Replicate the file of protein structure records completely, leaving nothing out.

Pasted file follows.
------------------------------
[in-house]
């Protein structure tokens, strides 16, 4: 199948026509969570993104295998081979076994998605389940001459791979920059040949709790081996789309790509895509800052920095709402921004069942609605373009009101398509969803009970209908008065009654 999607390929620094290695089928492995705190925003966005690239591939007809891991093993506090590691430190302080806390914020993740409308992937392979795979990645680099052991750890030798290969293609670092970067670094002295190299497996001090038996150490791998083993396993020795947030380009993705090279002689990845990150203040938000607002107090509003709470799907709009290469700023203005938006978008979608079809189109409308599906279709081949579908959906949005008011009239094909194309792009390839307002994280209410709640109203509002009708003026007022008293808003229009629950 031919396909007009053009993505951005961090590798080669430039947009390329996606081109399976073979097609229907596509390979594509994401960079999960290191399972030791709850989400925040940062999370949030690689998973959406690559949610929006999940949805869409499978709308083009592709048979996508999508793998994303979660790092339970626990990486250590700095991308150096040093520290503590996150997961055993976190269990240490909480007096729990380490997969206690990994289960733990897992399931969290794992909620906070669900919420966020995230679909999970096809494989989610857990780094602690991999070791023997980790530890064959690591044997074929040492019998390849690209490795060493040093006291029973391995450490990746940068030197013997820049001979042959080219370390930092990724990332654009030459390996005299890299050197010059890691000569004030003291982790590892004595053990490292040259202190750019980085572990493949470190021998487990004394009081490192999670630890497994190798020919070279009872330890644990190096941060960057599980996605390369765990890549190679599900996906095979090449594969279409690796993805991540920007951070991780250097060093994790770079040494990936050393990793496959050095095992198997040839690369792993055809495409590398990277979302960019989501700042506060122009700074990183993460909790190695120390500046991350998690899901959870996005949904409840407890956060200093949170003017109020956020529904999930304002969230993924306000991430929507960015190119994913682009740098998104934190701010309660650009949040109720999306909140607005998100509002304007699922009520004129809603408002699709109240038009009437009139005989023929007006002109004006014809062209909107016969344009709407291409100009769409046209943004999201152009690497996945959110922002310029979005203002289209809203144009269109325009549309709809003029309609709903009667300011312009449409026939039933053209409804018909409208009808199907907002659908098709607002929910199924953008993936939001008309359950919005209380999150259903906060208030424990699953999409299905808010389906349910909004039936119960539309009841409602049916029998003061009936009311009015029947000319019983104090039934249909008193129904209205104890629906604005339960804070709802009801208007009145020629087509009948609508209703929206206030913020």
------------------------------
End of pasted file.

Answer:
[in-house]
């Protein structure tokens, strides 16, 4: 199948026509969570993104295998081979076994998605389940001459791979920059040949709790081996789309790509895509800052920095709402921004069942609605373009009101398509969803009970209908008065009654 999607390929620094290695089928492995705190925003966005690239591939007809891991093993506090590691430190302080806390914020993740409308992937392979795979990645680099052991750890030798290969293609670092970067670094002295190299497996001090038996150490791998083993396993020795947030380009993705090279002689990845990150203040938000607002107090509003709470799907709009290469700023203005938006978008979608079809189109409308599906279709081949579908959906949005008011009239094909194309792009390839307002994280209410709640109203509002009708003026007022008293808003229009629950 031919396909007009053009993505951005961090590798080669430039947009390329996606081109399976073979097609229907596509390979594509994401960079999960290191399972030791709850989400925040940062999370949030690689998973959406690559949610929006999940949805869409499978709308083009592709048979996508999508793998994303979660790092339970626990990486250590700095991308150096040093520290503590996150997961055993976190269990240490909480007096729990380490997969206690990994289960733990897992399931969290794992909620906070669900919420966020995230679909999970096809494989989610857990780094602690991999070791023997980790530890064959690591044997074929040492019998390849690209490795060493040093006291029973391995450490990746940068030197013997820049001979042959080219370390930092990724990332654009030459390996005299890299050197010059890691000569004030003291982790590892004595053990490292040259202190750019980085572990493949470190021998487990004394009081490192999670630890497994190798020919070279009872330890644990190096941060960057599980996605390369765990890549190679599900996906095979090449594969279409690796993805991540920007951070991780250097060093994790770079040494990936050393990793496959050095095992198997040839690369792993055809495409590398990277979302960019989501700042506060122009700074990183993460909790190695120390500046991350998690899901959870996005949904409840407890956060200093949170003017109020956020529904999930304002969230993924306000991430929507960015190119994913682009740098998104934190701010309660650009949040109720999306909140607005998100509002304007699922009520004129809603408002699709109240038009009437009139005989023929007006002109004006014809062209909107016969344009709407291409100009769409046209943004999201152009690497996945959110922002310029979005203002289209809203144009269109325009549309709809003029309609709903009667300011312009449409026939039933053209409804018909409208009808199907907002659908098709607002929910199924953008993936939001008309359950919005209380999150259903906060208030424990699953999409299905808010389906349910909004039936119960539309009841409602049916029998003061009936009311009015029947000319019983104090039934249909008193129904209205104890629906604005339960804070709802009801208007009145020629087509009948609508209703929206206030913020």